The recent renaissance of British
Prizewinning novelist A. S. Byatt visited Emory in
March as the sixth biennial Richard Ellmann Lecturer in
familiar with the work of literary critic, reviewer, and novelist
A. S. Byatt
are, like Byatt herself, curious about human nature.
Human thoughts and human subjects are her proper subjects,
said Anne Fogarty from University College in Dublin, a member
of the international selection committee that brought Byatt to
Emory in March for the sixth biennial Richard Ellmann Lectures
in Modern Literature. The three-part lecture series attracted
more than two hundred attendees.
Byatt, who is best known outside academe for her Booker Prizewinning
novel, Possession: A Romance, and the 1996 film of her
novel Angels & Insects, is passionate about writing; about
natural history and the sciences; about the Victorian era, art,
color, language, and rhythm; and about the recent rebirth of the
British historical novel. During her lecture series, Fathers,
Forefathers, Ancestors: The Surprising Renaissance of the British
Historical Novel, she presented what she termed a galloping
survey of the genre.
The lectures were celebrated with a pig roast at Lullwater, presided
over by Goodrich C. White Professor of English Ronald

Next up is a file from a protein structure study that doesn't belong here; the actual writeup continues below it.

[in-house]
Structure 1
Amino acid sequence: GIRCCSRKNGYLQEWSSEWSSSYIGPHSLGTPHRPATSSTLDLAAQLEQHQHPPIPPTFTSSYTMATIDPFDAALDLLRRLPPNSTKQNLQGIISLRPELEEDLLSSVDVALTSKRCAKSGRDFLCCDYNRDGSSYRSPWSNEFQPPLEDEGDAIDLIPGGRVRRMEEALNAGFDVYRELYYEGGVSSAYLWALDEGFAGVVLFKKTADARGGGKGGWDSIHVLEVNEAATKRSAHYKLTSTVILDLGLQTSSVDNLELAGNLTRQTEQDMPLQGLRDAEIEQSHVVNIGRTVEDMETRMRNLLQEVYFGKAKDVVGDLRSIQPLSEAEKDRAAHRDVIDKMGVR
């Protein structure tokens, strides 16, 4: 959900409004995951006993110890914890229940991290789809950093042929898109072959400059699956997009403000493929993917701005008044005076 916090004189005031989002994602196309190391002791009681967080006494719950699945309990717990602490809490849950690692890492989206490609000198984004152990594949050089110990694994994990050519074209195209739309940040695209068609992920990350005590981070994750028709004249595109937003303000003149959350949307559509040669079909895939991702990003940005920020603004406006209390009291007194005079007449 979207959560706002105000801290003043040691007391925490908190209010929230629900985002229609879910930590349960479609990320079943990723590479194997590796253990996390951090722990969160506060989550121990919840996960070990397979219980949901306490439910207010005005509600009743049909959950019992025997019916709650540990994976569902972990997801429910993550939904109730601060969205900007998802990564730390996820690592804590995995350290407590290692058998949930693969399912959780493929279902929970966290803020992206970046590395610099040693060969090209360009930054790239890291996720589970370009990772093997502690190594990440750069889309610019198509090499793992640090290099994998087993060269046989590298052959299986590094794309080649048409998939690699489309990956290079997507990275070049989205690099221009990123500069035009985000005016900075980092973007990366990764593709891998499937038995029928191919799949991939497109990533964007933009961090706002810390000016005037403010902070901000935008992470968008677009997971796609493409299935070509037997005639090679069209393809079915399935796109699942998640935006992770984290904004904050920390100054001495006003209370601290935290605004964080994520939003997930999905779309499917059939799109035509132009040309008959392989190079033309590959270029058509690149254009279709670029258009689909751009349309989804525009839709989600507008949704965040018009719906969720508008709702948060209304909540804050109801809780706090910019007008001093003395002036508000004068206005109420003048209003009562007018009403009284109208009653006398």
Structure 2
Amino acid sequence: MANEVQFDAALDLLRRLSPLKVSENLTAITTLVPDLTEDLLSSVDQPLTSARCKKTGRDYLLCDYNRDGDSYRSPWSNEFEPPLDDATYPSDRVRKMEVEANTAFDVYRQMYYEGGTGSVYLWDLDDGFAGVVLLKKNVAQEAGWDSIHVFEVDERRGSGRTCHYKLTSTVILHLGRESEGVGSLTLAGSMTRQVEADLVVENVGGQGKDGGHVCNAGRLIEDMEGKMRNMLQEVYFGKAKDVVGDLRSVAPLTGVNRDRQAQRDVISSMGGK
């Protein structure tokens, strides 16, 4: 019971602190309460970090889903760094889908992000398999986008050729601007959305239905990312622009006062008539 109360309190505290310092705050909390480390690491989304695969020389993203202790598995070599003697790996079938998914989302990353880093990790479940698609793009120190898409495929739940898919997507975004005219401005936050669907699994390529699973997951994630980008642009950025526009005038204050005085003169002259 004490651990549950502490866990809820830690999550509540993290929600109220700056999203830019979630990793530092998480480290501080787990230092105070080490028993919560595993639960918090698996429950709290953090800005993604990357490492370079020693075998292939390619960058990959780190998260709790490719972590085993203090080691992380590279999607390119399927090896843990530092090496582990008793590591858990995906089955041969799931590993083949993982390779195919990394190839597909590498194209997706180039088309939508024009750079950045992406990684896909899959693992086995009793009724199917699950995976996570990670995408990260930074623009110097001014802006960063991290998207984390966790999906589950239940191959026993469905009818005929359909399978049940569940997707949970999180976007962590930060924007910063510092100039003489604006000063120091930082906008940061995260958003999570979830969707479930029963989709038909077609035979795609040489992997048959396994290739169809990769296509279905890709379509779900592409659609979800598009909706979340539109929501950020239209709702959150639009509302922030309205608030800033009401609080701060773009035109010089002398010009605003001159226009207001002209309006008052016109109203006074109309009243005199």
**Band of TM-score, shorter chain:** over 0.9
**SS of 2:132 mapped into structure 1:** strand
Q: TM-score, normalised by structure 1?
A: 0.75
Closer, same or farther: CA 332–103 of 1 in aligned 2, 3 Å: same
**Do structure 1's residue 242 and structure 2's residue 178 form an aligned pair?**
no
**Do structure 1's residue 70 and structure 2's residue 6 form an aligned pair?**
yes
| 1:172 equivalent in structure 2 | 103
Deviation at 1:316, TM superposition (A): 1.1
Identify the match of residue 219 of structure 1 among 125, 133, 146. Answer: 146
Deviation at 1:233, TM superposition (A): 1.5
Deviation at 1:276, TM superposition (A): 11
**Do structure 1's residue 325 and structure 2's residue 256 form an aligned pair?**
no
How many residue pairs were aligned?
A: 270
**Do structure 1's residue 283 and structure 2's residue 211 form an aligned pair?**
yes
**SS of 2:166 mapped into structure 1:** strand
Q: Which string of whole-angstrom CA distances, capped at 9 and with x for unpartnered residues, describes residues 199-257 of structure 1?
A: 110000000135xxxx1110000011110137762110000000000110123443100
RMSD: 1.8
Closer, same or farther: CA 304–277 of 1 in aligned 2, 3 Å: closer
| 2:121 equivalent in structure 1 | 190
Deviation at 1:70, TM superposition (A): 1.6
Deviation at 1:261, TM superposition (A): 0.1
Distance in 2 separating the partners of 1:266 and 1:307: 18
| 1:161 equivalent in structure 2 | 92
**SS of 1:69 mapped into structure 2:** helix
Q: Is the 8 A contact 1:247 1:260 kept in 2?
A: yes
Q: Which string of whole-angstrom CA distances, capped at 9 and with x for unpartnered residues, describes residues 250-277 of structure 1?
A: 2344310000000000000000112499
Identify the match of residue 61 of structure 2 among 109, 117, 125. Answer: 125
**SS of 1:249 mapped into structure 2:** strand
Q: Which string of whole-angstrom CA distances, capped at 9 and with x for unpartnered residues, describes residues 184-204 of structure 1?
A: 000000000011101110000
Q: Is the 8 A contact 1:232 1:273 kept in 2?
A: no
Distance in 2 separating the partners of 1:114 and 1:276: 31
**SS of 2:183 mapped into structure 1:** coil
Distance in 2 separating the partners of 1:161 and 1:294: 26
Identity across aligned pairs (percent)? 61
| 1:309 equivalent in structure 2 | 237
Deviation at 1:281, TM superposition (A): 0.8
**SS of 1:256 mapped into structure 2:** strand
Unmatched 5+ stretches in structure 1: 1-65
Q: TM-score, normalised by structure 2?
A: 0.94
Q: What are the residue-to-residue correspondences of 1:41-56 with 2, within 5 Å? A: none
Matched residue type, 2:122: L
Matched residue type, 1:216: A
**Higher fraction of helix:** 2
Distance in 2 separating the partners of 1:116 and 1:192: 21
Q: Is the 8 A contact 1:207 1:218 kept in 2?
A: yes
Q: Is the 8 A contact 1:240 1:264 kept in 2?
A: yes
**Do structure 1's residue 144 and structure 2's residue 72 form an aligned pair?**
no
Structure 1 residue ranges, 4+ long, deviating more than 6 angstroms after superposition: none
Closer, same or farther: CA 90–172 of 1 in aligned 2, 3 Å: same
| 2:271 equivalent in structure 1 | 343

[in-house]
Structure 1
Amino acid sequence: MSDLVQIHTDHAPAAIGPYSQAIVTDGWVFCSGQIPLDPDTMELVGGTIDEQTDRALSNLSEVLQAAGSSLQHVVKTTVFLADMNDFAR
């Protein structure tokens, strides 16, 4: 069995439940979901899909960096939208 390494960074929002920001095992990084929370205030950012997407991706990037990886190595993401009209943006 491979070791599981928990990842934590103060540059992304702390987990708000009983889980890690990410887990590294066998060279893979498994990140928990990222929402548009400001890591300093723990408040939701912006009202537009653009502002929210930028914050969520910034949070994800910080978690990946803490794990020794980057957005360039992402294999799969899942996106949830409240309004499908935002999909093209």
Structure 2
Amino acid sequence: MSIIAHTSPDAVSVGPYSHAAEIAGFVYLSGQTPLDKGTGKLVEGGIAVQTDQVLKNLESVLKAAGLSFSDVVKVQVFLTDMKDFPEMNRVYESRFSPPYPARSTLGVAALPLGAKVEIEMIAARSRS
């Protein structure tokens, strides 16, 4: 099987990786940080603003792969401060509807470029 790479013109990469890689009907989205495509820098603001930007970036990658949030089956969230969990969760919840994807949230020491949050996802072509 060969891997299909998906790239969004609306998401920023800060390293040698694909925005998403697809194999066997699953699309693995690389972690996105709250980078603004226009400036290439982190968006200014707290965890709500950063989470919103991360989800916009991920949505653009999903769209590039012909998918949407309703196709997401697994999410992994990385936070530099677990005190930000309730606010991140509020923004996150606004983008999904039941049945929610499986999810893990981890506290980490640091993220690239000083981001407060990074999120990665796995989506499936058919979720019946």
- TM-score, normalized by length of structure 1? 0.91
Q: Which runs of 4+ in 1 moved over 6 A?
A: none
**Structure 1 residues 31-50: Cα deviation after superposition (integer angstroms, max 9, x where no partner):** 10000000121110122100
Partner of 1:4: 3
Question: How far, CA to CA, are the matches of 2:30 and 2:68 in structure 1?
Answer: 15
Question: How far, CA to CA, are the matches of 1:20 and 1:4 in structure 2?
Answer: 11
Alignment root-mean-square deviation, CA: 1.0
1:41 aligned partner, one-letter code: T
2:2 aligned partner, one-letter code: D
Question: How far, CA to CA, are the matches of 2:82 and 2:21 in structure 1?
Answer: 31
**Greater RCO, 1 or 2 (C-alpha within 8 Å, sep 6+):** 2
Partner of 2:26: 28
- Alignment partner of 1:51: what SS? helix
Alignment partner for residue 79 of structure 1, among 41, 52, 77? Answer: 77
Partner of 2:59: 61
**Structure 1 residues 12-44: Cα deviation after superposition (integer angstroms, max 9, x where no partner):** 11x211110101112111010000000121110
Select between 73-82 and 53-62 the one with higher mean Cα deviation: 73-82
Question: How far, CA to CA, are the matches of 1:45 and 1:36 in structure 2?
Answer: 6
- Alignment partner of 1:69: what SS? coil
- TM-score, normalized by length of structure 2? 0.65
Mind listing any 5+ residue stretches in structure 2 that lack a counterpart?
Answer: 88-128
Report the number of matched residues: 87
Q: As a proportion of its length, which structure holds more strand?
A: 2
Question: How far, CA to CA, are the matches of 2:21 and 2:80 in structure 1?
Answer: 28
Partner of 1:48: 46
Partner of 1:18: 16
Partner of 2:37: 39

Schuchard. The opening lecture, Fathers, discussed
British novels of World War II written by those born after the
I work in a very disciplined way if left to my own
devices, which I usually am not. I read myself into writing.
Something easy, then more difficult, until my brain is moving
very fast. If you do this every day, [your writing] moves
along. If you do not, you lose it.
great writers with whom she converses:
Coleridge, [George] Eliot, [Wallace] Stevens, Proust,
Balzac. I feel particularly as if IÕm having a conversation
with Eliot, and I know she wouldnt have liked me because
she didnt like passionate women disciples.
dubious honor? One of ten distinguished
white poohbahs (Newsweek, August 3, 1998) on
the advisory board of the Modern
Library, which in 1998 released a controversial list
of the one hundred best twentieth-century novels in English.
One recurring theme, Byatt said, is imagery from those writers
childhoods and films of secret agents and heroes captured behind
enemy lines, of the Spitfire pilot coming down in flames
or alone in the clouds, and brave men cracking under interrogation.
Forefathers addressed the researched novel and nineteenth-century
fiction as seen through the lens of modern times. Byatt suggested
that the authors of these novels are ventriloquists
who give voices to literary voices and who close the
gulf between the vocabulary of criticism and the feel of
As an innocent reader, I learned to listen again and again
to text, she said. Her own historical novel, Possession,
plays with the Victorian rhythms by which I am haunted.
Ancestors concluded the series with a discussion
of the Darwinian concept of time as a constructive force in both
the narrative and the ethic of the novel. Complementing the series
were a screening of Angels & Insects and a panel with Byatt
and Philip and Belinda Haas, the films director and producer,
as well as a reading from Byatts most recent collection
of short stories, Elementals: Stories of Fire and Ice.
Byatts lectures will be published for Emory University by
Harvard University Press this fall.S.P.